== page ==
Temporary adhesive is one that is not made to withstand extreme amounts of strain, or to last for an extended period of time. Common types can include tapes, glues, and cements. Knowing when a temporary adhesive is needed and when a stronger alternative is warranted are important to understand, as using the wrong kind can have detrimental effects on a project.
One type of temporary adhesive is common white glue. This is the most familiar type of temporary glue adhesive for most people, as it is commonly found in stores and is used routinely in schools and art classes. Although the bond created by white glue is generally relatively permanent if it is not subjected to moisture, it is not strong enough to withstand much pressure. For this reason, it is best used for minor household uses and crafts.
Get startedWikibuy compensates us when you install Wikibuy using the links we provided.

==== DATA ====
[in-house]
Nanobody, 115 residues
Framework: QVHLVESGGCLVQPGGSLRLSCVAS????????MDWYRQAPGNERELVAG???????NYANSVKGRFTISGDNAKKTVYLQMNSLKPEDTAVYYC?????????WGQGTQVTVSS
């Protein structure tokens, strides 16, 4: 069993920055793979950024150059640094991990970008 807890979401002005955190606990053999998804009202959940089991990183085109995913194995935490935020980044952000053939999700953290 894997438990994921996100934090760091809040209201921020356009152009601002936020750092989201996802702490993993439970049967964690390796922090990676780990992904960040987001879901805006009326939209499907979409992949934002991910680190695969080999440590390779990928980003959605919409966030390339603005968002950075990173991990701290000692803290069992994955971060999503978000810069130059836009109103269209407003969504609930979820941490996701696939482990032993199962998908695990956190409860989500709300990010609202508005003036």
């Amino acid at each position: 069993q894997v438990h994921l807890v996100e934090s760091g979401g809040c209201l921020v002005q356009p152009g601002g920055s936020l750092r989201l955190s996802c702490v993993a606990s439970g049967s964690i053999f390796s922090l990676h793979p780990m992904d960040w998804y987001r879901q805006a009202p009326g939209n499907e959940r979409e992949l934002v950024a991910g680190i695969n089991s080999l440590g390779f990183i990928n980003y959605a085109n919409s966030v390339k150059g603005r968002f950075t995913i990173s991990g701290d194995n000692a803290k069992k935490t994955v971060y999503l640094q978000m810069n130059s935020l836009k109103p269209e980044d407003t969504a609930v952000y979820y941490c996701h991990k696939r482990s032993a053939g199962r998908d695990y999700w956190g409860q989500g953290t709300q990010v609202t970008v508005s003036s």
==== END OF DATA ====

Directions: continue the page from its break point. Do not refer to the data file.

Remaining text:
Another type of glue adhesive is often applied to the backs of common items to create a "sticker" adhesive. Examples include bandages, patches, children's stickers, and masking tape. These can be used for a variety of purposes, both practical and entertaining, but are not recommended for use long term. Each of these can become unbounded with only minimal pressure, and are generally used to hold something in place until a more permanent solution is implemented.
Other temporary adhesives, such as rubber cement, are also considered permanent under some conditions. If the bond is put under pressure soon enough after initial contact, the adhesive won't hold and the two adjoining items can be pulled part relatively easily. Once allowed to fully set, however, breaking the bond becomes much of a hassle. To remove this type of adhesive after it has cured, special solvents may be needed.
Temporary adhesives should not be used for a long term fix. This is especially true for items that are suspended or heavy in nature, as this could result in injury or destruction of property. Once two items are fit together correctly, a long lasting and strong adhesive should be used. Examples of this type of adhesive include light-curing adhesives, which set quickly and hold strong.
Permanent adhesives should never be used in place of a temporary adhesive because they are very difficult to remove once they have been allowed to cure. Attempting to do so could result in damage to the adjoining materials. Most permanent adhesives have to be removed by using a chemical solvent, such as paint thinner.